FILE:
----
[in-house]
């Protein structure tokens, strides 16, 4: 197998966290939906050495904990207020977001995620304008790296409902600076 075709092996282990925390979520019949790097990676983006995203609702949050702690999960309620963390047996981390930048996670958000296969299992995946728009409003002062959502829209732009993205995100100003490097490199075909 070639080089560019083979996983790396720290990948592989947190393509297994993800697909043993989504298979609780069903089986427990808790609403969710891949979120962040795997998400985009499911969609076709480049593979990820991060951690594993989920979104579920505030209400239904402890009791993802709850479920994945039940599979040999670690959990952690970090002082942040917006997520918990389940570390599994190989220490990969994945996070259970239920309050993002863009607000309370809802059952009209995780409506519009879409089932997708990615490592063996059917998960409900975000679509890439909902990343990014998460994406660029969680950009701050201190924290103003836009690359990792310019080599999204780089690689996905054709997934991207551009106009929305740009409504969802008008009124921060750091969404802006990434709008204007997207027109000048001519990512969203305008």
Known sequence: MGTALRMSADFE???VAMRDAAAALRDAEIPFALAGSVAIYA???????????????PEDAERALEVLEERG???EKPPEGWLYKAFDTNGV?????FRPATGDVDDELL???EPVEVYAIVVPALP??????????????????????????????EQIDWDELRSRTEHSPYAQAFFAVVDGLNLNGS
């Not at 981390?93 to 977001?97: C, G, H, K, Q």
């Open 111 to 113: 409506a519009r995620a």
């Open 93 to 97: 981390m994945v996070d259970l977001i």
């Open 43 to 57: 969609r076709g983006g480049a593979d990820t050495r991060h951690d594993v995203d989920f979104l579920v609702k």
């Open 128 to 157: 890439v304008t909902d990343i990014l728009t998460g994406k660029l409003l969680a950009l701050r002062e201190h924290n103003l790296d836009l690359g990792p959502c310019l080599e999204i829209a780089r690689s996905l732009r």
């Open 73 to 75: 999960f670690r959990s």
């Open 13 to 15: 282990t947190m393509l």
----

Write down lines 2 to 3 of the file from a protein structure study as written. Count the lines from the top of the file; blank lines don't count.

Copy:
């Protein structure tokens, strides 16, 4: 197998966290939906050495904990207020977001995620304008790296409902600076 075709092996282990925390979520019949790097990676983006995203609702949050702690999960309620963390047996981390930048996670958000296969299992995946728009409003002062959502829209732009993205995100100003490097490199075909 070639080089560019083979996983790396720290990948592989947190393509297994993800697909043993989504298979609780069903089986427990808790609403969710891949979120962040795997998400985009499911969609076709480049593979990820991060951690594993989920979104579920505030209400239904402890009791993802709850479920994945039940599979040999670690959990952690970090002082942040917006997520918990389940570390599994190989220490990969994945996070259970239920309050993002863009607000309370809802059952009209995780409506519009879409089932997708990615490592063996059917998960409900975000679509890439909902990343990014998460994406660029969680950009701050201190924290103003836009690359990792310019080599999204780089690689996905054709997934991207551009106009929305740009409504969802008008009124921060750091969404802006990434709008204007997207027109000048001519990512969203305008």
Known sequence: MGTALRMSADFE???VAMRDAAAALRDAEIPFALAGSVAIYA???????????????PEDAERALEVLEERG???EKPPEGWLYKAFDTNGV?????FRPATGDVDDELL???EPVEVYAIVVPALP??????????????????????????????EQIDWDELRSRTEHSPYAQAFFAVVDGLNLNGS